Phillip K Dick criticizes society’s resignation of technology’s advances to standardize human perception through . Similarly, Herbert Marcuse divides human perception into inner and outer dimensions, conceding that political and economic power structures that control our society have polluted our outer dimension with an illusion of false needs and beliefs. In recent development of our own society, the exponential advancement of technology has trespassed our last vestige of individuality: our inner dimension. Without this personal dimension we resign ourselves to the status quo of society however harmful the norm may be to ourselves. In his novel, Dick creates a microcosm of our own society by developing social structures that use technology to infiltrate the inner dimensions of members in this deteriorating society.
One of the most powerful social structures implemented in Deckard’s world is “Mercerism,” which is the “religion” of the masses. Mercerism is the immersion of one’s self through the empathy box into the shoes of Wilbur Mercer who himself resigns himself to be berated and harmed by an antagonistic external source. Mercer is an icon of passiveness and guides Deckard to “Go and do [his] task, even though [he] know it’s wrong” (178). This conditioning of Deckard to be passive is an attack on his ability to deny the status quo through “transposing the outer into the inner”, or what Marcuse what refer to as “introjection.” When the ability of introjection is lost then inner self has accepted it’s current state just as Mercer has. Marcuse asserts that the “prevailing forms of social control are technological,” which is exemplified in Mercerism by the use of the empathy box. The empathy box, a piece of technology, is an essential tool that promotes the efficacy of Mercerism in pacifying the masses. This advanced technology allows the political and economic power structures to indoctrinate the passivity that is required to maintain the status quo they have created.
The status quo of both Deckard’s society and our own is characterized by selfish motives such as want and greed. By succumbing to the cultural norm of consumerism, we feed into and enable the system that perpetuates our state of affairs. Dick illustrates this through Deckard’s willingness to give in to the intrusive power of Mercerism and performing a task that he knew was wrong and his subsequent attempts to alleviate the guilt and pain by purchasing a real goat. After learning that Rachel had killed the goat, Deckard passively accepts his fate, saying “‘I’ll be alright,’” to his wife, but thinking to himself, “and I’m going to die. Both those are true” (227). This resigned and morose attitude is apparent in many characters throughout the novel and is almost always eased by the introduction of a new possession. In this specific instance, Deckard, upon finding the toad felt like “a kid again” (238). Despite working so hard to obtain the goat, when it was gone he accepted the news without emotion. However after getting a new possession, the toad, he immediately became happy again. By creating a reality in which the only happiness is received from objects, in essence, the power structures enslave the population.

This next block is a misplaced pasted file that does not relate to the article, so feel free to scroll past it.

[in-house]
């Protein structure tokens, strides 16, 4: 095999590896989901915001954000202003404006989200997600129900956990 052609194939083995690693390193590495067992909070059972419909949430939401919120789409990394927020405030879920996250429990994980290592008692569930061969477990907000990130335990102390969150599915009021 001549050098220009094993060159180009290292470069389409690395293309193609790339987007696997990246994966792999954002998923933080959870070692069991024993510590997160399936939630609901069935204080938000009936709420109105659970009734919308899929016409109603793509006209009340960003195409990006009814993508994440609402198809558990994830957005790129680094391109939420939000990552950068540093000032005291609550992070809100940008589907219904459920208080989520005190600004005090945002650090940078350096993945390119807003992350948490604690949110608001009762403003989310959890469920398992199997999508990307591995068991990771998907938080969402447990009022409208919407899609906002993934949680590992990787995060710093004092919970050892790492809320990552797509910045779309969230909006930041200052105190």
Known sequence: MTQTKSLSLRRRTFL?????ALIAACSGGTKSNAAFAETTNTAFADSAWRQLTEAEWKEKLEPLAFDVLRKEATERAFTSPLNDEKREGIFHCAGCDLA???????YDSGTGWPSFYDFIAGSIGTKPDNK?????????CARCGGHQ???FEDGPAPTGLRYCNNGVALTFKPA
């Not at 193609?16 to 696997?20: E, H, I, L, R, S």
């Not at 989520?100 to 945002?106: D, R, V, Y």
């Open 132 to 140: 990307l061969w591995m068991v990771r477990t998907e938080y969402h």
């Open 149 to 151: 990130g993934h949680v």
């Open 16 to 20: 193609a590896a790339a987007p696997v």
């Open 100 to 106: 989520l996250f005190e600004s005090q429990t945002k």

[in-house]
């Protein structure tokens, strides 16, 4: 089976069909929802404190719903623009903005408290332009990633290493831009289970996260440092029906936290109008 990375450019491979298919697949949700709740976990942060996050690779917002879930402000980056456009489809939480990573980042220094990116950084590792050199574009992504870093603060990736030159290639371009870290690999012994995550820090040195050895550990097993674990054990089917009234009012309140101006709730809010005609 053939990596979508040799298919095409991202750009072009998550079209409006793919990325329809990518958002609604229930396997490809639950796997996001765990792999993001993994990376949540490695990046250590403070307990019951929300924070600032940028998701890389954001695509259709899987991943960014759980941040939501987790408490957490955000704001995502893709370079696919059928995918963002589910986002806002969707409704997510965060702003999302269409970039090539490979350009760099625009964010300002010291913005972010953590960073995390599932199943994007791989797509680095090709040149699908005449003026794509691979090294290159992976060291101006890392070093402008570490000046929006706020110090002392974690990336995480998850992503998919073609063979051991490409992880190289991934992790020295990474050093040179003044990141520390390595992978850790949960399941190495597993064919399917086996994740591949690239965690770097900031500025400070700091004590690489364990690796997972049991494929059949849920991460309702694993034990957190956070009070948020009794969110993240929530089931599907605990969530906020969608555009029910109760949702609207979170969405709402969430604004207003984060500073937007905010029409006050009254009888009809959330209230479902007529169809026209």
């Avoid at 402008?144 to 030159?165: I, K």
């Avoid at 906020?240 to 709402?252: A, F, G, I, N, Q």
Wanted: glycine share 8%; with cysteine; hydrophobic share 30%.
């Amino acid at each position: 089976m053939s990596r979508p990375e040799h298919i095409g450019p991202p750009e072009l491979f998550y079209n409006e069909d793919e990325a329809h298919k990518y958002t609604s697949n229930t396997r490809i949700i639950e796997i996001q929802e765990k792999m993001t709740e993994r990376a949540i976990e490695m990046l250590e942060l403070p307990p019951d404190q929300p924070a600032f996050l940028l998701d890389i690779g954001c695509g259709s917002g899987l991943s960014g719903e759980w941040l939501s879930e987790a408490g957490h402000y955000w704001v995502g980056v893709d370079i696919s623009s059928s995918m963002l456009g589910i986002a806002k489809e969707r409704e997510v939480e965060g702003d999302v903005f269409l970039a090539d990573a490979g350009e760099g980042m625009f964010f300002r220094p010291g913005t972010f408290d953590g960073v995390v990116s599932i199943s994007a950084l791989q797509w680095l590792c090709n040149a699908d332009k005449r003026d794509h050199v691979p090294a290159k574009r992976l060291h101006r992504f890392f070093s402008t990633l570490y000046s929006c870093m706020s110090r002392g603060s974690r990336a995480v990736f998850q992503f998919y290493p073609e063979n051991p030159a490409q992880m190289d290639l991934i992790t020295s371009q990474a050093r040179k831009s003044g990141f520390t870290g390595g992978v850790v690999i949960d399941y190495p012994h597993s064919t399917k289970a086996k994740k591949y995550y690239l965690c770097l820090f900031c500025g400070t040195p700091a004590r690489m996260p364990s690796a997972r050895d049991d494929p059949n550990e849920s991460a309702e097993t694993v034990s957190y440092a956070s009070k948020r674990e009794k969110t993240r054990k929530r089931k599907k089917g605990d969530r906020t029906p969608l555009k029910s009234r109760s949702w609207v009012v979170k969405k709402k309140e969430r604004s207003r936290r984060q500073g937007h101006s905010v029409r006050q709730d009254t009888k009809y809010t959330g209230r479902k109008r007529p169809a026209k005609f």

Once passivity is indoctrinated to the masses, it perpetuates itself by alienating the members of society who disagree with the status quo. The detrimental loss of inner self and genuine emotion is illustrated in Deckard’s wife, Rachel, who initially embraced her inner self and refused to go along with the “norm” but progressively became more apathetic and unable to control her utter lack of emotion. Marcuse’s idea of introjection is illustrated in Iran when at the very beginning in the novel she “realized how unhealthy it was, sensing the absence of life...and not reacting” (5). Her realization that her apathy was an ailment, a sign of mental illness, she decided to set her mood organ to despair in an attempt to feel some sort of emotion that strayed from the norm. However, Deckard, already enslaved by the power structures in place, alienates her to the point that she begins to believe that she is in the wrong when she says, “Okay, I give up; Ill dial anything you want me to be” (7). This illustrates Marcuse’s point that the “intellectual and emotional refusal "to go along" appears neurotic and impotent.” The stigma that is associated with being “crazy” causes most dissidents to resign along with their already indoctrinated peers.
Through his depiction of character development between Deckard and his wife, Dick illustrates the increasingly intrusive influence that technology has on our society and uses stark exaggerations, such as the empathy box, to show that these advancements can penetrate even our most inner thoughts.